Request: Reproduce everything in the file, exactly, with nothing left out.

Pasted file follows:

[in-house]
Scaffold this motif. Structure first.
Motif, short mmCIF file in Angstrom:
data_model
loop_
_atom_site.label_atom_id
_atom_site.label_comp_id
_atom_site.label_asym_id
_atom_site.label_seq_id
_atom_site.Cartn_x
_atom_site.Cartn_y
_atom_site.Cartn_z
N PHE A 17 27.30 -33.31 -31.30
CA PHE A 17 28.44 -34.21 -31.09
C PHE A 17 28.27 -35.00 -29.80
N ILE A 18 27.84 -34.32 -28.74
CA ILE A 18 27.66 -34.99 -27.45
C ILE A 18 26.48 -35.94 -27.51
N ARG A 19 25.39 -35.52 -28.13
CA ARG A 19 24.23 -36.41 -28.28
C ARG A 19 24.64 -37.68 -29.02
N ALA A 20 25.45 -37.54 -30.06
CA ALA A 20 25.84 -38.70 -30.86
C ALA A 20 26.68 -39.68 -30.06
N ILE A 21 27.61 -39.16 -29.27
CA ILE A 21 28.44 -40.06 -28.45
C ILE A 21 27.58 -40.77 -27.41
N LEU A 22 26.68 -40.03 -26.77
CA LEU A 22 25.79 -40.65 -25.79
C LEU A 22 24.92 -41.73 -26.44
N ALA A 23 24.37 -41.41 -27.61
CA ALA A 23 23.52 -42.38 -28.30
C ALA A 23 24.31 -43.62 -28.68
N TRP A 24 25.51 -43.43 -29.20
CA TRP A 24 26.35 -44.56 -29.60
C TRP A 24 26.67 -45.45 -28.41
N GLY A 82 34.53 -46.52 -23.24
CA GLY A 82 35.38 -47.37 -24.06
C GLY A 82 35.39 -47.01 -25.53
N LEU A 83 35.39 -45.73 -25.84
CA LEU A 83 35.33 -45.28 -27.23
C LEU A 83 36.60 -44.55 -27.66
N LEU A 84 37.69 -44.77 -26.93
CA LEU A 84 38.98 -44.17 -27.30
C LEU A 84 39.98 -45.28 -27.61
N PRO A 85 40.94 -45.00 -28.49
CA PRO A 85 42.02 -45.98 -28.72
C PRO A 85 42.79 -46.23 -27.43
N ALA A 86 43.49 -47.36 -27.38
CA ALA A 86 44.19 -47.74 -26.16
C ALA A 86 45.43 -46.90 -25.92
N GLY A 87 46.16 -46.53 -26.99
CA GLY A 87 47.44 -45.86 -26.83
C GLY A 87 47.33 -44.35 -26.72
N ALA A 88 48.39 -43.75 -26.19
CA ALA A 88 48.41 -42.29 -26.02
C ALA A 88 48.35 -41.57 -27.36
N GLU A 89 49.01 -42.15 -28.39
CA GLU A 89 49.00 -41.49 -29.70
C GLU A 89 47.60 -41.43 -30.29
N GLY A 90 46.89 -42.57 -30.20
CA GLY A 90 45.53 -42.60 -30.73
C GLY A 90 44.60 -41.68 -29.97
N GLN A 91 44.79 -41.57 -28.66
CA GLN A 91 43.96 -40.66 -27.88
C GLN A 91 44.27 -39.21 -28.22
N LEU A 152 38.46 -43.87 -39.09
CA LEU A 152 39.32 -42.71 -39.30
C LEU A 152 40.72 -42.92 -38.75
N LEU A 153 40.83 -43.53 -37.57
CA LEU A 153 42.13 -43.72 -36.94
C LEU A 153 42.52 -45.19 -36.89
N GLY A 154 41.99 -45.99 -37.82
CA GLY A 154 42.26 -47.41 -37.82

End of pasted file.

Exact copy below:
[in-house]
Scaffold this motif. Structure first.
Motif, short mmCIF file in Angstrom:
data_model
loop_
_atom_site.label_atom_id
_atom_site.label_comp_id
_atom_site.label_asym_id
_atom_site.label_seq_id
_atom_site.Cartn_x
_atom_site.Cartn_y
_atom_site.Cartn_z
N PHE A 17 27.30 -33.31 -31.30
CA PHE A 17 28.44 -34.21 -31.09
C PHE A 17 28.27 -35.00 -29.80
N ILE A 18 27.84 -34.32 -28.74
CA ILE A 18 27.66 -34.99 -27.45
C ILE A 18 26.48 -35.94 -27.51
N ARG A 19 25.39 -35.52 -28.13
CA ARG A 19 24.23 -36.41 -28.28
C ARG A 19 24.64 -37.68 -29.02
N ALA A 20 25.45 -37.54 -30.06
CA ALA A 20 25.84 -38.70 -30.86
C ALA A 20 26.68 -39.68 -30.06
N ILE A 21 27.61 -39.16 -29.27
CA ILE A 21 28.44 -40.06 -28.45
C ILE A 21 27.58 -40.77 -27.41
N LEU A 22 26.68 -40.03 -26.77
CA LEU A 22 25.79 -40.65 -25.79
C LEU A 22 24.92 -41.73 -26.44
N ALA A 23 24.37 -41.41 -27.61
CA ALA A 23 23.52 -42.38 -28.30
C ALA A 23 24.31 -43.62 -28.68
N TRP A 24 25.51 -43.43 -29.20
CA TRP A 24 26.35 -44.56 -29.60
C TRP A 24 26.67 -45.45 -28.41
N GLY A 82 34.53 -46.52 -23.24
CA GLY A 82 35.38 -47.37 -24.06
C GLY A 82 35.39 -47.01 -25.53
N LEU A 83 35.39 -45.73 -25.84
CA LEU A 83 35.33 -45.28 -27.23
C LEU A 83 36.60 -44.55 -27.66
N LEU A 84 37.69 -44.77 -26.93
CA LEU A 84 38.98 -44.17 -27.30
C LEU A 84 39.98 -45.28 -27.61
N PRO A 85 40.94 -45.00 -28.49
CA PRO A 85 42.02 -45.98 -28.72
C PRO A 85 42.79 -46.23 -27.43
N ALA A 86 43.49 -47.36 -27.38
CA ALA A 86 44.19 -47.74 -26.16
C ALA A 86 45.43 -46.90 -25.92
N GLY A 87 46.16 -46.53 -26.99
CA GLY A 87 47.44 -45.86 -26.83
C GLY A 87 47.33 -44.35 -26.72
N ALA A 88 48.39 -43.75 -26.19
CA ALA A 88 48.41 -42.29 -26.02
C ALA A 88 48.35 -41.57 -27.36
N GLU A 89 49.01 -42.15 -28.39
CA GLU A 89 49.00 -41.49 -29.70
C GLU A 89 47.60 -41.43 -30.29
N GLY A 90 46.89 -42.57 -30.20
CA GLY A 90 45.53 -42.60 -30.73
C GLY A 90 44.60 -41.68 -29.97
N GLN A 91 44.79 -41.57 -28.66
CA GLN A 91 43.96 -40.66 -27.88
C GLN A 91 44.27 -39.21 -28.22
N LEU A 152 38.46 -43.87 -39.09
CA LEU A 152 39.32 -42.71 -39.30
C LEU A 152 40.72 -42.92 -38.75
N LEU A 153 40.83 -43.53 -37.57
CA LEU A 153 42.13 -43.72 -36.94
C LEU A 153 42.52 -45.19 -36.89
N GLY A 154 41.99 -45.99 -37.82
CA GLY A 154 42.26 -47.41 -37.82